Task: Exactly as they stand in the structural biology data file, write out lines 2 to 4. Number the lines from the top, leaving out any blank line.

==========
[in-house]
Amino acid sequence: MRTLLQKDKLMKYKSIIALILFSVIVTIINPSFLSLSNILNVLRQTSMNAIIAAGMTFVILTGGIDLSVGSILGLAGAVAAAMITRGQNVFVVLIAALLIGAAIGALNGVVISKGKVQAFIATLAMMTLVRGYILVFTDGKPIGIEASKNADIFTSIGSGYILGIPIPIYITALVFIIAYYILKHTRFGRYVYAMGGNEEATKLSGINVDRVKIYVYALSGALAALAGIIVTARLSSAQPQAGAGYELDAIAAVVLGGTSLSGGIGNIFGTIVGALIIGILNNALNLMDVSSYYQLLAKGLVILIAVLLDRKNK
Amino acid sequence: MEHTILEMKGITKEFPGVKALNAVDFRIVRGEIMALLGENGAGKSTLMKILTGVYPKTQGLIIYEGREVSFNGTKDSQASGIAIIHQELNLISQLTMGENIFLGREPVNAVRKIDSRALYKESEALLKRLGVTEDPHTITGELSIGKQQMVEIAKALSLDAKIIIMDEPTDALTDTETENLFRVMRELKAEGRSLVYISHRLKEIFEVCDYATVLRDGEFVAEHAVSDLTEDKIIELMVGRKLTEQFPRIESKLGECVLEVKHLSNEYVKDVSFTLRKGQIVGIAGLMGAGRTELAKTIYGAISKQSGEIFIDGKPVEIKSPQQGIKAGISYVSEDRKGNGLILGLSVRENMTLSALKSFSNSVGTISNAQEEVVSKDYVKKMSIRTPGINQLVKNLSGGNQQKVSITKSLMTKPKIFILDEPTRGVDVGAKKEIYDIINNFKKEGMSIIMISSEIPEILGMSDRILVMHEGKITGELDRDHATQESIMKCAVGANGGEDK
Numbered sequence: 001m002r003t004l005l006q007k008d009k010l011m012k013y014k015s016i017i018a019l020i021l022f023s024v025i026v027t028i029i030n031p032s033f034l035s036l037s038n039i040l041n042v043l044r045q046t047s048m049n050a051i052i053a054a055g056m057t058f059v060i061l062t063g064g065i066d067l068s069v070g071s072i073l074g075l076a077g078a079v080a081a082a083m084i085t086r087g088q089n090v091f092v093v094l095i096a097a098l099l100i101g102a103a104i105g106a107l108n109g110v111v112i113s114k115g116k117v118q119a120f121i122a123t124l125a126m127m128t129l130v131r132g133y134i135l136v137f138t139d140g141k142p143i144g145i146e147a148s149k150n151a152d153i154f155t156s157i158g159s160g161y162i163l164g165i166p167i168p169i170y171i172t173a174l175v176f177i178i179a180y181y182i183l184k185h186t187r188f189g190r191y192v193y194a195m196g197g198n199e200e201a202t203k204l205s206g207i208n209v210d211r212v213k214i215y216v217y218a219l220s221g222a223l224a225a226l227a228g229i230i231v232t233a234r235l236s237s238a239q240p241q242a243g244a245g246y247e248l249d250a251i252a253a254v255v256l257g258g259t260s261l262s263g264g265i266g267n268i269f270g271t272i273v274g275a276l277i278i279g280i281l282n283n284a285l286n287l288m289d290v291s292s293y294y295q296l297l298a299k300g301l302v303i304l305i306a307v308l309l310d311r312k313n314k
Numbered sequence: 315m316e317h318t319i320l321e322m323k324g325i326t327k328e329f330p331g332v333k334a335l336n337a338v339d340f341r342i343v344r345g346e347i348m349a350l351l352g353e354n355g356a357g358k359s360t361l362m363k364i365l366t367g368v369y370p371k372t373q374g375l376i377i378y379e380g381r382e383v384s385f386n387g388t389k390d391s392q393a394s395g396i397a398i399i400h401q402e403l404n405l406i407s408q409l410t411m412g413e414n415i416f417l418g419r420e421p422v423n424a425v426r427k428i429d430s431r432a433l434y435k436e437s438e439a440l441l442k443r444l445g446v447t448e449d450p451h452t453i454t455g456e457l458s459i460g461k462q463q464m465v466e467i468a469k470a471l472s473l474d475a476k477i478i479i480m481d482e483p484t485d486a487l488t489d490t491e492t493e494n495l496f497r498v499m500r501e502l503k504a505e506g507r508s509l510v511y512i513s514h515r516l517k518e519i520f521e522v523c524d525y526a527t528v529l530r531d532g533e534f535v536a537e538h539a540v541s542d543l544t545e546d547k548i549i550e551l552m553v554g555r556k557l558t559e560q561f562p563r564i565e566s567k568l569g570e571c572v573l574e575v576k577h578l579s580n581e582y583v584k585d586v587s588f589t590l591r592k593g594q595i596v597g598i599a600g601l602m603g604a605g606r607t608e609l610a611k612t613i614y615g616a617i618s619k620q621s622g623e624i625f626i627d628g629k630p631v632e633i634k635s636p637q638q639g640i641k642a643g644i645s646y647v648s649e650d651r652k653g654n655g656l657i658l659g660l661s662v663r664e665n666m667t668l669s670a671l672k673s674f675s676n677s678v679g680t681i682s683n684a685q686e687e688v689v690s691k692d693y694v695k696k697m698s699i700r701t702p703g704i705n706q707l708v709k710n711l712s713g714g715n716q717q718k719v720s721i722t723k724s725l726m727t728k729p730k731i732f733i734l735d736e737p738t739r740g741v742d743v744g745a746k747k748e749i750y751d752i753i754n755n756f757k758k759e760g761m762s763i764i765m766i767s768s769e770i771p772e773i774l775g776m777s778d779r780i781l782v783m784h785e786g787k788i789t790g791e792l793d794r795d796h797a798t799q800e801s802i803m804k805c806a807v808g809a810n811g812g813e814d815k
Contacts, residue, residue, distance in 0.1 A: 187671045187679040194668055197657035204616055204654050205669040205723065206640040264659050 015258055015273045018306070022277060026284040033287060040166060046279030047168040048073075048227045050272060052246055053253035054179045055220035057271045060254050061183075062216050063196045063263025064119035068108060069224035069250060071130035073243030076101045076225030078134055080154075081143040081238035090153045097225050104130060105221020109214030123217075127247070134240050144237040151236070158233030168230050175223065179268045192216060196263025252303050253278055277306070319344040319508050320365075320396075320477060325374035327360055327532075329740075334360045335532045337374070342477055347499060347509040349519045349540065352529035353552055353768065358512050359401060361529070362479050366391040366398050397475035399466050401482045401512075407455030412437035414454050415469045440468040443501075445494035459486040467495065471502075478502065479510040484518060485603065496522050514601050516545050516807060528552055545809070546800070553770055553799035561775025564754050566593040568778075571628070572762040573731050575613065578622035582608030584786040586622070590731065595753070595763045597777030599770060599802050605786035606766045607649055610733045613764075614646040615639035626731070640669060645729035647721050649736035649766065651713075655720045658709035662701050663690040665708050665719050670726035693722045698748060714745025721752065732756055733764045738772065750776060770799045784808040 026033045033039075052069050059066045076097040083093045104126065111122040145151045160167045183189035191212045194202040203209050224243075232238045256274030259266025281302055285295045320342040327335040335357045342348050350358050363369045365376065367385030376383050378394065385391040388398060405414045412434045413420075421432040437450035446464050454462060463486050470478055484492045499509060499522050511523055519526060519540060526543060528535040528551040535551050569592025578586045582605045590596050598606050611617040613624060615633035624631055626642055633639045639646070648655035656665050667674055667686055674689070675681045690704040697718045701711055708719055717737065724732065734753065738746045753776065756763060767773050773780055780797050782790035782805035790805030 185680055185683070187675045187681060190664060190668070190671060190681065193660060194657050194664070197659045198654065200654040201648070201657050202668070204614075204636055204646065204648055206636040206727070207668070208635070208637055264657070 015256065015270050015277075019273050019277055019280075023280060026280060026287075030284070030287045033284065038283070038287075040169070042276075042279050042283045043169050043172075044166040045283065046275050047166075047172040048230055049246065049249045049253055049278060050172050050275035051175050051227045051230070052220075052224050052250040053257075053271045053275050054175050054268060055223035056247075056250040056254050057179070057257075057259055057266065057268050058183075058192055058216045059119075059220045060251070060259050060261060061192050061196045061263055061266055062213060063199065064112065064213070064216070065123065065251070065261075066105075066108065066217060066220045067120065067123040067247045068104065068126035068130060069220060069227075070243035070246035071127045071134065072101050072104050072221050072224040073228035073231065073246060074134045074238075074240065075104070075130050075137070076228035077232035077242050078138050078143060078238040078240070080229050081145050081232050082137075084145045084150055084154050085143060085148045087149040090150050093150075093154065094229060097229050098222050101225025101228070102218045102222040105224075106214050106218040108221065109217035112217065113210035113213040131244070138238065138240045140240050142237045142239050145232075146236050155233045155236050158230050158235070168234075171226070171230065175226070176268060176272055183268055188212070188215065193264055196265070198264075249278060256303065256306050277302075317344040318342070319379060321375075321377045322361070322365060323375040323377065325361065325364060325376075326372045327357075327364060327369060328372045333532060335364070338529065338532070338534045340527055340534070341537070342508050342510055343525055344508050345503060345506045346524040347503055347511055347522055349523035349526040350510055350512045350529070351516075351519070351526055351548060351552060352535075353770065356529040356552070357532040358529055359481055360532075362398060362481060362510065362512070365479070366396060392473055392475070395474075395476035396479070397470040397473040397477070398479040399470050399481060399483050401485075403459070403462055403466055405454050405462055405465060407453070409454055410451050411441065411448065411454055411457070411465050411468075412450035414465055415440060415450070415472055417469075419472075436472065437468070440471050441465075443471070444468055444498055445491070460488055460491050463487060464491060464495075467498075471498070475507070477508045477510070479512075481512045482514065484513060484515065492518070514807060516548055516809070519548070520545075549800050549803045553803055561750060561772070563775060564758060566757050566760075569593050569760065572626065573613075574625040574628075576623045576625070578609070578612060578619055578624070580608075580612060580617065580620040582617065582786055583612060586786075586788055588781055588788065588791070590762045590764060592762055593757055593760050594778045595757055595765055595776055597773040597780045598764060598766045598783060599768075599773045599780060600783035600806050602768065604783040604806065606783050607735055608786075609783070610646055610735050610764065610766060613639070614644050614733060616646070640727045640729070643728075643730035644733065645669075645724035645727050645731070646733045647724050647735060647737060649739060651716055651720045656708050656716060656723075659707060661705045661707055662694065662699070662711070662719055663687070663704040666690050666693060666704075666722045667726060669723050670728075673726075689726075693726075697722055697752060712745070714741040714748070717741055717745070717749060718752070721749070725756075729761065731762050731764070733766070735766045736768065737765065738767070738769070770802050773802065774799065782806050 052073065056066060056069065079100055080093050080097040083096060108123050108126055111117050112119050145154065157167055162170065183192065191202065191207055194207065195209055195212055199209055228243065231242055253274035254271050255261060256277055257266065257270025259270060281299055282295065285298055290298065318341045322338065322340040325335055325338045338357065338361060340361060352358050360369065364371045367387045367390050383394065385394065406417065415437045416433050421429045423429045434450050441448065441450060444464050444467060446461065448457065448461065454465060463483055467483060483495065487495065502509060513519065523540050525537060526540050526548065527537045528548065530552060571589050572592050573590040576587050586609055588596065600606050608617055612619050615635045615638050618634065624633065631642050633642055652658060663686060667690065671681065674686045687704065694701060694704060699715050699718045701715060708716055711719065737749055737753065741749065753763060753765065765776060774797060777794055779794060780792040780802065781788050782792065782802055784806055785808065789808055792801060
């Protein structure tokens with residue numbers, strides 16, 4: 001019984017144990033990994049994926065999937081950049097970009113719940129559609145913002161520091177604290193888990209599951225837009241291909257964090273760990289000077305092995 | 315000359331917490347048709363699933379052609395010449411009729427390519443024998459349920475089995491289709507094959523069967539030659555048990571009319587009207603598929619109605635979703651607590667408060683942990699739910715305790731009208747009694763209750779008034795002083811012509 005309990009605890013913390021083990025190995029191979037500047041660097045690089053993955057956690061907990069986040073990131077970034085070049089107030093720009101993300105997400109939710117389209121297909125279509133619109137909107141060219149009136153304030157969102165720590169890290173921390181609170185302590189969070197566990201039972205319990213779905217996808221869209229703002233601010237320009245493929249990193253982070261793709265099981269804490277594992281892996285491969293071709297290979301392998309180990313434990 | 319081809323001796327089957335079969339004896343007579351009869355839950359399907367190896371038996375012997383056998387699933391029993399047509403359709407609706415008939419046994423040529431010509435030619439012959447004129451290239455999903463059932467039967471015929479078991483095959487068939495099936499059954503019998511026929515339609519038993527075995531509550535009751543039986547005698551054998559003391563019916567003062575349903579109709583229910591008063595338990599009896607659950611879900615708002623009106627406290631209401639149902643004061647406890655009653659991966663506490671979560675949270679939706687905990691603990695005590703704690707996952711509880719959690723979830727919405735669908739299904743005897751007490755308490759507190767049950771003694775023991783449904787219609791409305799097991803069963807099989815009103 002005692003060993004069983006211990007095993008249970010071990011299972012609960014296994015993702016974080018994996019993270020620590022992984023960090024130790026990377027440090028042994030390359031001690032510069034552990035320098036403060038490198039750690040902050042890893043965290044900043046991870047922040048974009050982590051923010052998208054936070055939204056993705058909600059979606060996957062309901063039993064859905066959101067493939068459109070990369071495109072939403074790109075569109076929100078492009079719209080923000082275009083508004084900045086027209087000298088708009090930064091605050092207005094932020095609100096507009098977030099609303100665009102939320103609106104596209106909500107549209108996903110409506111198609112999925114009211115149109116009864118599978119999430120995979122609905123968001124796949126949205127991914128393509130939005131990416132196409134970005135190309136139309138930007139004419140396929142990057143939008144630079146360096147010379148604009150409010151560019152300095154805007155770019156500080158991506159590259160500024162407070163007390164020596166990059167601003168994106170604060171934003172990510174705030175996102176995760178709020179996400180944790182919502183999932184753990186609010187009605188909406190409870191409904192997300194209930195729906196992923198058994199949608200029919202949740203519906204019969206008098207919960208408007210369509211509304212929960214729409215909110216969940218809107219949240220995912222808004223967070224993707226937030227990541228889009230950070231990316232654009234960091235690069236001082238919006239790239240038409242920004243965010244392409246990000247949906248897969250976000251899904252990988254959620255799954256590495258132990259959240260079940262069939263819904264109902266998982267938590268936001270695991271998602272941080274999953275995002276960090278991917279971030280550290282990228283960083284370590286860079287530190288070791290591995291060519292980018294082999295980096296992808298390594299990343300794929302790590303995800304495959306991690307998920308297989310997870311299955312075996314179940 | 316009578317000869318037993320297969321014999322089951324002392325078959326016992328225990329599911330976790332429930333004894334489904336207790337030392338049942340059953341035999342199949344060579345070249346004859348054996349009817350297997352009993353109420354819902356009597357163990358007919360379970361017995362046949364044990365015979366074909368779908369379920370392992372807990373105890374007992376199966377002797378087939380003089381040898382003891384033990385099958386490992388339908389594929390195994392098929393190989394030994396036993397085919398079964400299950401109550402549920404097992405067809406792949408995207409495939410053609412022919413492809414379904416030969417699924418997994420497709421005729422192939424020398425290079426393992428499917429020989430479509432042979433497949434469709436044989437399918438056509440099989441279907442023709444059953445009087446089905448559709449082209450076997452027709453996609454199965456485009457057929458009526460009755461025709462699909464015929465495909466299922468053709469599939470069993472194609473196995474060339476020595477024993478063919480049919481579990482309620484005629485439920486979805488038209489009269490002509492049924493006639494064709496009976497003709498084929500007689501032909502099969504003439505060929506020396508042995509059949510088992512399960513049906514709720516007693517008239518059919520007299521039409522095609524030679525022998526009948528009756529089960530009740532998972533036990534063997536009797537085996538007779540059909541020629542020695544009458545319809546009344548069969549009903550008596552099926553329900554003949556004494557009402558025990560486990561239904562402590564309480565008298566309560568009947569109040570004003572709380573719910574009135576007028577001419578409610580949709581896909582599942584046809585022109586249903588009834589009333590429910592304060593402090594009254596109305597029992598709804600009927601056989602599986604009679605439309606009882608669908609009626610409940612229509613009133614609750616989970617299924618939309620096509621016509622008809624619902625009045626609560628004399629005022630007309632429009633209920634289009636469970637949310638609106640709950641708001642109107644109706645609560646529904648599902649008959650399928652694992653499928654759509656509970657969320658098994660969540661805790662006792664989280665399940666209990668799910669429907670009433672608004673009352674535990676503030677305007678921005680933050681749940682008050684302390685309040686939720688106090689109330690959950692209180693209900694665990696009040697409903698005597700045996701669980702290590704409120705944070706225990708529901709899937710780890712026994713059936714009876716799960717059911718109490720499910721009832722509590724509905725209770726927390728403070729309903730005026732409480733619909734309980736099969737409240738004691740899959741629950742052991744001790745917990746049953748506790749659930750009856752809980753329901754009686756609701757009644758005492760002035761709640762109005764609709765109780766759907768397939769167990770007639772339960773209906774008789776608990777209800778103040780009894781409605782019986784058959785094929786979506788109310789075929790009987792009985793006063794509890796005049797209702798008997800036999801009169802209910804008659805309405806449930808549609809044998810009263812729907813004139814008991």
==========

Amino acid sequence: MRTLLQKDKLMKYKSIIALILFSVIVTIINPSFLSLSNILNVLRQTSMNAIIAAGMTFVILTGGIDLSVGSILGLAGAVAAAMITRGQNVFVVLIAALLIGAAIGALNGVVISKGKVQAFIATLAMMTLVRGYILVFTDGKPIGIEASKNADIFTSIGSGYILGIPIPIYITALVFIIAYYILKHTRFGRYVYAMGGNEEATKLSGINVDRVKIYVYALSGALAALAGIIVTARLSSAQPQAGAGYELDAIAAVVLGGTSLSGGIGNIFGTIVGALIIGILNNALNLMDVSSYYQLLAKGLVILIAVLLDRKNK
Amino acid sequence: MEHTILEMKGITKEFPGVKALNAVDFRIVRGEIMALLGENGAGKSTLMKILTGVYPKTQGLIIYEGREVSFNGTKDSQASGIAIIHQELNLISQLTMGENIFLGREPVNAVRKIDSRALYKESEALLKRLGVTEDPHTITGELSIGKQQMVEIAKALSLDAKIIIMDEPTDALTDTETENLFRVMRELKAEGRSLVYISHRLKEIFEVCDYATVLRDGEFVAEHAVSDLTEDKIIELMVGRKLTEQFPRIESKLGECVLEVKHLSNEYVKDVSFTLRKGQIVGIAGLMGAGRTELAKTIYGAISKQSGEIFIDGKPVEIKSPQQGIKAGISYVSEDRKGNGLILGLSVRENMTLSALKSFSNSVGTISNAQEEVVSKDYVKKMSIRTPGINQLVKNLSGGNQQKVSITKSLMTKPKIFILDEPTRGVDVGAKKEIYDIINNFKKEGMSIIMISSEIPEILGMSDRILVMHEGKITGELDRDHATQESIMKCAVGANGGEDK
Numbered sequence: 001m002r003t004l005l006q007k008d009k010l011m012k013y014k015s016i017i018a019l020i021l022f023s024v025i026v027t028i029i030n031p032s033f034l035s036l037s038n039i040l041n042v043l044r045q046t047s048m049n050a051i052i053a054a055g056m057t058f059v060i061l062t063g064g065i066d067l068s069v070g071s072i073l074g075l076a077g078a079v080a081a082a083m084i085t086r087g088q089n090v091f092v093v094l095i096a097a098l099l100i101g102a103a104i105g106a107l108n109g110v111v112i113s114k115g116k117v118q119a120f121i122a123t124l125a126m127m128t129l130v131r132g133y134i135l136v137f138t139d140g141k142p143i144g145i146e147a148s149k150n151a152d153i154f155t156s157i158g159s160g161y162i163l164g165i166p167i168p169i170y171i172t173a174l175v176f177i178i179a180y181y182i183l184k185h186t187r188f189g190r191y192v193y194a195m196g197g198n199e200e201a202t203k204l205s206g207i208n209v210d211r212v213k214i215y216v217y218a219l220s221g222a223l224a225a226l227a228g229i230i231v232t233a234r235l236s237s238a239q240p241q242a243g244a245g246y247e248l249d250a251i252a253a254v255v256l257g258g259t260s261l262s263g264g265i266g267n268i269f270g271t272i273v274g275a276l277i278i279g280i281l282n283n284a285l286n287l288m289d290v291s292s293y294y295q296l297l298a299k300g301l302v303i304l305i306a307v308l309l310d311r312k313n314k